RF Filters Includes:
RF filters - the basics Filter specifications RF filter design basics High & low pass filter design Constant-k filter Butterworth filter Chebychev filter Bessel filter Elliptical filter Crystal filter
RF filters, along with all filters have a variety of different specifications which relate to their performance.
Understanding what these filter specifications mean and how they relate to the performance parameters enables a them to be properly understood and the correct filters specified, bought or designed.
RF filter specifications summary
This naturally there are very many different RF filter specification that will be seen.
- Pass-band: The pass-band specification defines the region in which the signal passes through relatively un-attenuated. It is the band in a low pass filter, extends up to the cut-off frequency. For high pass filters it is designated as the band above which signal pass through, or for a band pass filter, it is the band between the two cut-off frequencies.
When looking at the pass-band specification, it is worth noting the level of attenuation between which the pass-band is taken. Normally the -3dB points are used, but for some filters, like crystal filters, especially, the -6dB points are often used.
- Cut-off frequency: This RF filter specification is normally taken to be the point at which the response of the filter has fallen to -3 dB relative to the in-band level. With certain filters, typically equi-ripple types such as the Chebyshev or inverse Chebyshev, the cut-off point has to be defined differently as in-band ripple levels can make determining a -3dB point more difficult. The cut-off frequency is often designated fc.
- Ripple band: Within the pass-band, the filter response may show variations in its response - ripples. The variation is known as the ripple band. Often RF filters that have a very sharp turn at the cut-off frequency have a higher level of in-band ripple.
- Transition band: Once the RF filter response has gone beyond the cut-off point, the response falls away in a region known as the transition band. It is the region between the pass-band and the stop-band. This region is also sometimes referred to as the "skirt."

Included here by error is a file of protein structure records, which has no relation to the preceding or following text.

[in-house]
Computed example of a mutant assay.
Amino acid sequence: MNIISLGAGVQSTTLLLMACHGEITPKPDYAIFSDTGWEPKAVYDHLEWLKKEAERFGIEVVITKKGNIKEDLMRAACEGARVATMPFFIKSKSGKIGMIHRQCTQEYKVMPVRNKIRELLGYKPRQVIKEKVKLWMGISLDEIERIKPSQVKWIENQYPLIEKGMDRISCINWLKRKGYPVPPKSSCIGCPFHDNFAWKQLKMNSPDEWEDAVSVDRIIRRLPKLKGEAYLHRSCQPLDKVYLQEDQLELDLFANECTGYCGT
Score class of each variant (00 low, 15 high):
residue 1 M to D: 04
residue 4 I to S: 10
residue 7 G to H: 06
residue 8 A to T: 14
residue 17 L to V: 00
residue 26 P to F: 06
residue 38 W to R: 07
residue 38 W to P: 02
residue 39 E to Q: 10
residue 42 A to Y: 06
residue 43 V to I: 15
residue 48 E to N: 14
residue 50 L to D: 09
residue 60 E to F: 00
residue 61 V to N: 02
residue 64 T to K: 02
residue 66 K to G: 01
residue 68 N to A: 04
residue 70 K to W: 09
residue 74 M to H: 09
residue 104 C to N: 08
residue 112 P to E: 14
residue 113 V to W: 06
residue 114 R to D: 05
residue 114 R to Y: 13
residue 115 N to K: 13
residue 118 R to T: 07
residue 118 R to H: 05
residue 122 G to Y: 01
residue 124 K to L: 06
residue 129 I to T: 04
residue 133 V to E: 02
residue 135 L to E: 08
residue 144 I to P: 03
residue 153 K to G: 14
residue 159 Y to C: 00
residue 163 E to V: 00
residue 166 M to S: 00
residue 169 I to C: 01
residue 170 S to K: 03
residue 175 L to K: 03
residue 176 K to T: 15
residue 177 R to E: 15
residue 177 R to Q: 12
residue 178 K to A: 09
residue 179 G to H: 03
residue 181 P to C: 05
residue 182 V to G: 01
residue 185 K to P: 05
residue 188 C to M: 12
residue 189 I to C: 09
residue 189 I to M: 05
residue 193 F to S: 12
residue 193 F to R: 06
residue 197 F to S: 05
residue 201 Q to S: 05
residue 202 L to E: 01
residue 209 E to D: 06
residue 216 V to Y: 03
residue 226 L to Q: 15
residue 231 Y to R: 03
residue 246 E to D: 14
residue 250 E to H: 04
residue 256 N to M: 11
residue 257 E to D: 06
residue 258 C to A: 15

- Stop-band: This is the band where the RF filter has reached its required out of band rejection. The stop-band rejection may be defined as a required number of decibels.
- Number of poles: A pole is a mathematical term. There is one pole for each capacitor or inductor in a filter.
- Roll-off: Each filter has an ultimate roll-off rate. It is governed by the number of poles in the filter. The ultimate roll-off is 6⋅n dB where n is the number of poles. Different types of filter may reach their ultimate roll off rate at different rates, but they all reach the same ultimate roll-off.
- Phase shift: The phase shift is another important factor for any RF filter design. It is accommodated into the overall response of the filter by considering the calculations for H(s) where s = jω. The phase response can be of importance to a waveform because the waveform shape will be distorted if the phase changes within the pass-band. A constant time delay corresponds to the phase shift increasing linearly with frequency. This gives rise to the term linear phase shift referred to in many RF filter designs.
- Impedance: Filters have a characteristic impedance in the same way that as an antenna feeder. For them to operate correctly the input and output must be properly matched.
Dependent upon the particular filter, there will be a variety of different specifications that may be used, but the parameters and specifications described above are the major ones that will be most commonly encountered.
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